Health Updates 12 July 2011

  • Current systems to catch Medicaid fraud are inadequate and underused: “The Government Accountability Office report said that the systems don’t even include Medicaid data.  Furthermore, 639 analysts were supposed to have been trained to use the system – yet only 41 have been so far, it said.  The Centers for Medicare and Medicaid Services – which administer the taxpayer-funded health care programs for the elderly, poor and disabled – lacks plans to finish the systems projected to save $21 billion.  The technology is crucial to making a dent in the $60 billion to $90 billion in fraudulent claims paid out each year.” (Associated Press)
  • Potassium can be the key to neutralizing salt’s impact on blood pressure: “The study, which looked at sodium and potassium intake, found that higher sodium intake was associated with a higher risk of premature death from any cause, while higher potassium intake was associated with a lower risk of dying prematurely.  Looking at heart-related deaths alone, sodium itself wasn’t associated with an increased risk, but researchers said higher potassium intakes were linked with lower heart-related death rates”.  (Wall Street Journal)
  • Tips for putting your best foot forward: Walking is an ideal way to get daily exercise – it strengthens almost every major organ in the body, promotes heart health and boosts the immune system…Keep in mind the following when you walk:”  1). Walk with your head erect.  Look ahead, training your sight 10 to 20 feet ahead of you.  To avoid obstacles, lower your eyes, not your head; 2). Keep your back straight and tuck in your buttocks; 3). Bend your arms.  Flex your elbows at close to 90-degree angles and let your arms swing at waist level; 4). Take shorter, measured steps, striking the ground with your heel and pushing off with your toes; and 5). Avoid lowering your head, thrusting your trunk forward and letting your arms dangle limply at your sides. (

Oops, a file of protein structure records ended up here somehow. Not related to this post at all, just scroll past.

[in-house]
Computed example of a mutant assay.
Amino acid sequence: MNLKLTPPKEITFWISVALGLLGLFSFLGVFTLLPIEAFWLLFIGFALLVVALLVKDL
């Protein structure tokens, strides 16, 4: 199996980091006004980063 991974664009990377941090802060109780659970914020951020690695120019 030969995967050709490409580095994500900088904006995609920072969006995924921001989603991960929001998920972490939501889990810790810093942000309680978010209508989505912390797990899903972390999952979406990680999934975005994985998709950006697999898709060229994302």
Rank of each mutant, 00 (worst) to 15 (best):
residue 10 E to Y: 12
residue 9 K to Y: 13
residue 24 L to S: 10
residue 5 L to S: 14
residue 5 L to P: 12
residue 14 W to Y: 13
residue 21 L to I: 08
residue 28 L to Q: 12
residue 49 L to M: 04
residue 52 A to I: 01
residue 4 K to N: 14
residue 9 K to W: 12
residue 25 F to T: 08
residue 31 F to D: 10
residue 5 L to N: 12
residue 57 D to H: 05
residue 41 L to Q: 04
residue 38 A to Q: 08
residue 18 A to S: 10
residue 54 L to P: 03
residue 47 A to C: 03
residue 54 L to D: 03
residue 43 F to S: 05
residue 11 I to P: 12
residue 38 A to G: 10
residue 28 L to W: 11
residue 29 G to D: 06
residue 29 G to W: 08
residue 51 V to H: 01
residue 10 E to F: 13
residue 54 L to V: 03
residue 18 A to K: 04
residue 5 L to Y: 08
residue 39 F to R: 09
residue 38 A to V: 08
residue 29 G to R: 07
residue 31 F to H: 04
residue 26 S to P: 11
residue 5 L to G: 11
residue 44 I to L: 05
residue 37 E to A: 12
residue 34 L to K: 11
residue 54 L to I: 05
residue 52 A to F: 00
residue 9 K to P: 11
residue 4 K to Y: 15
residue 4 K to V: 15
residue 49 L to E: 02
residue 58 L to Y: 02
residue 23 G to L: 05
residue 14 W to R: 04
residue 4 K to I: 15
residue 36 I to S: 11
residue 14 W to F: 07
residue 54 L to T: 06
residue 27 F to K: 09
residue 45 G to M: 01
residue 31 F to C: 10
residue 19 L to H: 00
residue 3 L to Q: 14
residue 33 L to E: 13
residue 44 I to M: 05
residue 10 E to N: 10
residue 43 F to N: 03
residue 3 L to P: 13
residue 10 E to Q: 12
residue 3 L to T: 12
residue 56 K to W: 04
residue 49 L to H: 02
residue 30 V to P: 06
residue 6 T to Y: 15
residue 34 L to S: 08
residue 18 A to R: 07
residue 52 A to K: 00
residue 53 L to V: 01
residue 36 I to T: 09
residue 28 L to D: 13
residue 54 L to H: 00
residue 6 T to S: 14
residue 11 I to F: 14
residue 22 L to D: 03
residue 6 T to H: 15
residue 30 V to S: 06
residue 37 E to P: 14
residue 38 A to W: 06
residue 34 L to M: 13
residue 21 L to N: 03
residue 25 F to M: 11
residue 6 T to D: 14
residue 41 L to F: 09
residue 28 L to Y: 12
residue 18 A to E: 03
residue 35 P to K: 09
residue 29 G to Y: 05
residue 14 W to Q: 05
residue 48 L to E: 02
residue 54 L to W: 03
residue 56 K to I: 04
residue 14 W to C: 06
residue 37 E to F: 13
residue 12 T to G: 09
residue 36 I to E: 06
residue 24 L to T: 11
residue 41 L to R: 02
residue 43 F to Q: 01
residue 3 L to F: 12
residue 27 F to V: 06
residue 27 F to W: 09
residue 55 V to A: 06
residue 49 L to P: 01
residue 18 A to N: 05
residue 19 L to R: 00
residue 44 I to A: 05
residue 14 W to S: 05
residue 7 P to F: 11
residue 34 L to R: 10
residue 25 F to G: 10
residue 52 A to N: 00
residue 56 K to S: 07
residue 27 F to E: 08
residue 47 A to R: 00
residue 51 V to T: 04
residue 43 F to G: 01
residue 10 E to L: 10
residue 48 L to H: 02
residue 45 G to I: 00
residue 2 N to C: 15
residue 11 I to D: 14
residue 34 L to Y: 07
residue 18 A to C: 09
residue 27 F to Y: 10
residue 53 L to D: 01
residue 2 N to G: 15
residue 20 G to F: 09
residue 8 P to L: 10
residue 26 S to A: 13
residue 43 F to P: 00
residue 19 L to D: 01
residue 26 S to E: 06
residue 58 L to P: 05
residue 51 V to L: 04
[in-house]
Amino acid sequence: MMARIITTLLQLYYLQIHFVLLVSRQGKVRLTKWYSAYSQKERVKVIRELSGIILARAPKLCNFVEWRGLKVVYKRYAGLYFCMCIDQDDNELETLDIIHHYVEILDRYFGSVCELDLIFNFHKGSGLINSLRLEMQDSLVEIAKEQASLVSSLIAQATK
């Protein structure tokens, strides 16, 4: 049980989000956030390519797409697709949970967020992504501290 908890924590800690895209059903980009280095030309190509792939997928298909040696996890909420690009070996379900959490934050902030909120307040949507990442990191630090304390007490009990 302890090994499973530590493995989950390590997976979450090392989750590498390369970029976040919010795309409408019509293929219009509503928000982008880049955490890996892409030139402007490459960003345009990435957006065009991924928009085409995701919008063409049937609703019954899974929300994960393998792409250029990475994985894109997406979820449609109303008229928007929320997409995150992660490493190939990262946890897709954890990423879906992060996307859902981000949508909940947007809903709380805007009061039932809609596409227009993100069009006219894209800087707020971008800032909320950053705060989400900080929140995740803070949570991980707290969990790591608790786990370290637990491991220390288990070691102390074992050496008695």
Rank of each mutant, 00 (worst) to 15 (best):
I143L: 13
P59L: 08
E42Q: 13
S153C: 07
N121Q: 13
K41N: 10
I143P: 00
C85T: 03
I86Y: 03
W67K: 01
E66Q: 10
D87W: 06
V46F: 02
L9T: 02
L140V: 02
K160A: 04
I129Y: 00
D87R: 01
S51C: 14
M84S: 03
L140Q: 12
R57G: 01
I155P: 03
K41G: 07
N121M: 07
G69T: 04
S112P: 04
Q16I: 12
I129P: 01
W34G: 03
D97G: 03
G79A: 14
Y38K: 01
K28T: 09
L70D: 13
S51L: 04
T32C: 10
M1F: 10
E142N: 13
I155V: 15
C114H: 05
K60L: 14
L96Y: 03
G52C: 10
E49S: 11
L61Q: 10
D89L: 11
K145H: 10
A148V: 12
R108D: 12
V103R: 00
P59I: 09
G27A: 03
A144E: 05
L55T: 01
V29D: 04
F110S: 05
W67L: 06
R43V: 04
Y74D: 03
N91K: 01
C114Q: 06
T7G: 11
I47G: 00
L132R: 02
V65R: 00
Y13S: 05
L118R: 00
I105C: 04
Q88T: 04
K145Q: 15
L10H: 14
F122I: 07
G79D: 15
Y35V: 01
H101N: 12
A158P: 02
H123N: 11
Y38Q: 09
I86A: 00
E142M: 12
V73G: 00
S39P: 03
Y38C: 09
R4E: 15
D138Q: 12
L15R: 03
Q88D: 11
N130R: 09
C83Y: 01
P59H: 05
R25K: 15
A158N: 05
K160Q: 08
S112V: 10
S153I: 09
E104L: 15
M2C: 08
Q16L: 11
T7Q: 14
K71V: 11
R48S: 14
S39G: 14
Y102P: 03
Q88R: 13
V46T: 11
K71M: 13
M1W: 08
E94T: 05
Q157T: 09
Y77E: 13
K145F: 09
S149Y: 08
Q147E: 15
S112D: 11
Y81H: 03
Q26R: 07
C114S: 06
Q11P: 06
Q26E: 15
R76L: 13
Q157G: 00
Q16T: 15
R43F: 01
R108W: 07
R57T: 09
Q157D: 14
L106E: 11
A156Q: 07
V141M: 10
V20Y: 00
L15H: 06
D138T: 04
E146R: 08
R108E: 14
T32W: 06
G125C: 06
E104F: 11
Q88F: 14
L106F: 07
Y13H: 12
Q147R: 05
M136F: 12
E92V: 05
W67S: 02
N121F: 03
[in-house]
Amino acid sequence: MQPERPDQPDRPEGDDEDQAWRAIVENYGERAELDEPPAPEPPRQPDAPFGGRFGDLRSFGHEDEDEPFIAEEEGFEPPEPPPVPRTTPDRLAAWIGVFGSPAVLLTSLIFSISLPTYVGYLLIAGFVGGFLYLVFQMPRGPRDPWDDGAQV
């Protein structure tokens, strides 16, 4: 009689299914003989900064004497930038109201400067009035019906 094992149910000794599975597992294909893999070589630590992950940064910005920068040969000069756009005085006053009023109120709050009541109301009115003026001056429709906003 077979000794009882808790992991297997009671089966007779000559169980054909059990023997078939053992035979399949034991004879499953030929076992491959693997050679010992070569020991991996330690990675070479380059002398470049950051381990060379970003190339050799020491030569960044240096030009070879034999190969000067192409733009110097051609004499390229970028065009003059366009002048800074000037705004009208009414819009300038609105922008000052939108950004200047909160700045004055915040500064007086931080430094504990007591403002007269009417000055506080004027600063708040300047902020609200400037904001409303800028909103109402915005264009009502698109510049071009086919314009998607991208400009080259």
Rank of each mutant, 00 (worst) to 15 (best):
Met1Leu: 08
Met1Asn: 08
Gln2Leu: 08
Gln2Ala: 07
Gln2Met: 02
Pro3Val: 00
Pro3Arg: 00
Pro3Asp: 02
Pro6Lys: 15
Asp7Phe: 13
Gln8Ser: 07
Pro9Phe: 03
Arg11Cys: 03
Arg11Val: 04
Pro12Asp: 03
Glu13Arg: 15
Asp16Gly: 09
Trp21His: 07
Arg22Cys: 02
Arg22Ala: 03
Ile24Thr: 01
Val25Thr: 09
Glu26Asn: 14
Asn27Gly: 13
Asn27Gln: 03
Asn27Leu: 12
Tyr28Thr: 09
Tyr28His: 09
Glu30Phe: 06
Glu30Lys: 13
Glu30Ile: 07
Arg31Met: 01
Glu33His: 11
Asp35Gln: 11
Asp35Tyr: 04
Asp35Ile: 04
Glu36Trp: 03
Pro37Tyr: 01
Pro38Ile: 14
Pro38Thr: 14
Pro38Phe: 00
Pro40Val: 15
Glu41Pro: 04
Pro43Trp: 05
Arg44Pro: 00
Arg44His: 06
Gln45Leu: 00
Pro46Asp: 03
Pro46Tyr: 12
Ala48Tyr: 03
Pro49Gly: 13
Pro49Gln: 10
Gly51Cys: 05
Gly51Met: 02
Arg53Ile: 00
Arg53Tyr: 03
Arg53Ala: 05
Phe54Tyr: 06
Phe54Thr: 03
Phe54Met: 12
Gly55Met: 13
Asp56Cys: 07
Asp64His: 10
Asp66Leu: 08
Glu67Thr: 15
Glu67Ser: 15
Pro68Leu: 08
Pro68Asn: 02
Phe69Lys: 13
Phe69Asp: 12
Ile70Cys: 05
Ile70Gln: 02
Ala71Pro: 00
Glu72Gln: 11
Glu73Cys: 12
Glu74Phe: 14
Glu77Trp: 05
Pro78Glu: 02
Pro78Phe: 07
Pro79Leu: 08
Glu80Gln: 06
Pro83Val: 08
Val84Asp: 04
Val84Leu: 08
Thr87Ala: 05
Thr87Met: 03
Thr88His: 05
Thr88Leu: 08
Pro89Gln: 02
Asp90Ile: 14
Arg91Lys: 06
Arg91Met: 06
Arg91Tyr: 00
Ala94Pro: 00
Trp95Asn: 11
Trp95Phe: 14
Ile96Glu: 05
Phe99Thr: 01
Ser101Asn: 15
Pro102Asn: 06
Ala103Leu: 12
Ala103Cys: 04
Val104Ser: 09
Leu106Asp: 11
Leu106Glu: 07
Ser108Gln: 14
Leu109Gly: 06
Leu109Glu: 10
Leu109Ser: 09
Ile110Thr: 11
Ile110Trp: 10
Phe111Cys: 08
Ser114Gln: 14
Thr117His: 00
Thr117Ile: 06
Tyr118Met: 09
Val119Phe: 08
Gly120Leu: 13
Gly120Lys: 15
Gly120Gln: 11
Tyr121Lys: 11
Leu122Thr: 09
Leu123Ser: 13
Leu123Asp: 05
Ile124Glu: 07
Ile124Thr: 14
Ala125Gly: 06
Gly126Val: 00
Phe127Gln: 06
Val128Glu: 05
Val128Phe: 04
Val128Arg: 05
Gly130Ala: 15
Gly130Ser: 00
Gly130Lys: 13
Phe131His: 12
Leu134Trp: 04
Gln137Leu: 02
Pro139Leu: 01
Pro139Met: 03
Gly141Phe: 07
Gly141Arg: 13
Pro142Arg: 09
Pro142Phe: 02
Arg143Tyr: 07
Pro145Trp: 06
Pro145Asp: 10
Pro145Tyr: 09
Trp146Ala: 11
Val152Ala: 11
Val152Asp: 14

• A tennis ball sewn to the back of pajamas can cut snoring?: “For some people who snore, a slight  tweak in sleeping position – lying on one side instead of the back – can lead to a better night’s rest.  Yet staying put in that position, while wrapped in slumber, is not always an easy feat.  One of the oldest and simplest solutions involves a tennis ball, which is taped or sewn into the back of the pajamas to prevent a snorer from rolling onto his or her back at night.”  This technique is often suggested by sleep experts, though not for chronic snorers.  A study just completed indicates that while this trick may help some, it is “not a very effective anti-snoring technique”.  Darn! (NY Times)

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